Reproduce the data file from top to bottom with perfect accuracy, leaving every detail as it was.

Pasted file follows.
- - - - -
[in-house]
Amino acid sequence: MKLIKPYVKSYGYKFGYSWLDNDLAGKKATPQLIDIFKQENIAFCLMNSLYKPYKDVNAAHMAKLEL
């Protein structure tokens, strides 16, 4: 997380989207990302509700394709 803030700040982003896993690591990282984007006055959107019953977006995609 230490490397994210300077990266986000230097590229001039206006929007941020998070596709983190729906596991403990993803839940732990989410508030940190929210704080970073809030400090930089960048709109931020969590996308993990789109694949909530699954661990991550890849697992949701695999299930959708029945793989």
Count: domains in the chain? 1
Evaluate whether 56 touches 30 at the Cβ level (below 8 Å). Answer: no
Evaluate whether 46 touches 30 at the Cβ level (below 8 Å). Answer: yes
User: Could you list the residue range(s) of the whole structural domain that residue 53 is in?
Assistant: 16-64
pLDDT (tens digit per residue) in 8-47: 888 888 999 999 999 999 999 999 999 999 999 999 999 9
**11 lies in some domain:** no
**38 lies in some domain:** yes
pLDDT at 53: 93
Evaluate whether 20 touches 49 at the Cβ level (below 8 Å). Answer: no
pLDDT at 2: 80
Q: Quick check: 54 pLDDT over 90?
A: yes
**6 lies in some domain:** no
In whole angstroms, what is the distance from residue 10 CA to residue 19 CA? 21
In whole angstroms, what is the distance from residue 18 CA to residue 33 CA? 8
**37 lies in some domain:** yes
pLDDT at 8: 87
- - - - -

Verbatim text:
[in-house]
Amino acid sequence: MKLIKPYVKSYGYKFGYSWLDNDLAGKKATPQLIDIFKQENIAFCLMNSLYKPYKDVNAAHMAKLEL
């Protein structure tokens, strides 16, 4: 997380989207990302509700394709 803030700040982003896993690591990282984007006055959107019953977006995609 230490490397994210300077990266986000230097590229001039206006929007941020998070596709983190729906596991403990993803839940732990989410508030940190929210704080970073809030400090930089960048709109931020969590996308993990789109694949909530699954661990991550890849697992949701695999299930959708029945793989």
Count: domains in the chain? 1
Evaluate whether 56 touches 30 at the Cβ level (below 8 Å). Answer: no
Evaluate whether 46 touches 30 at the Cβ level (below 8 Å). Answer: yes
User: Could you list the residue range(s) of the whole structural domain that residue 53 is in?
Assistant: 16-64
pLDDT (tens digit per residue) in 8-47: 888 888 999 999 999 999 999 999 999 999 999 999 999 9
**11 lies in some domain:** no
**38 lies in some domain:** yes
pLDDT at 53: 93
Evaluate whether 20 touches 49 at the Cβ level (below 8 Å). Answer: no
pLDDT at 2: 80
Q: Quick check: 54 pLDDT over 90?
A: yes
**6 lies in some domain:** no
In whole angstroms, what is the distance from residue 10 CA to residue 19 CA? 21
In whole angstroms, what is the distance from residue 18 CA to residue 33 CA? 8
**37 lies in some domain:** yes
pLDDT at 8: 87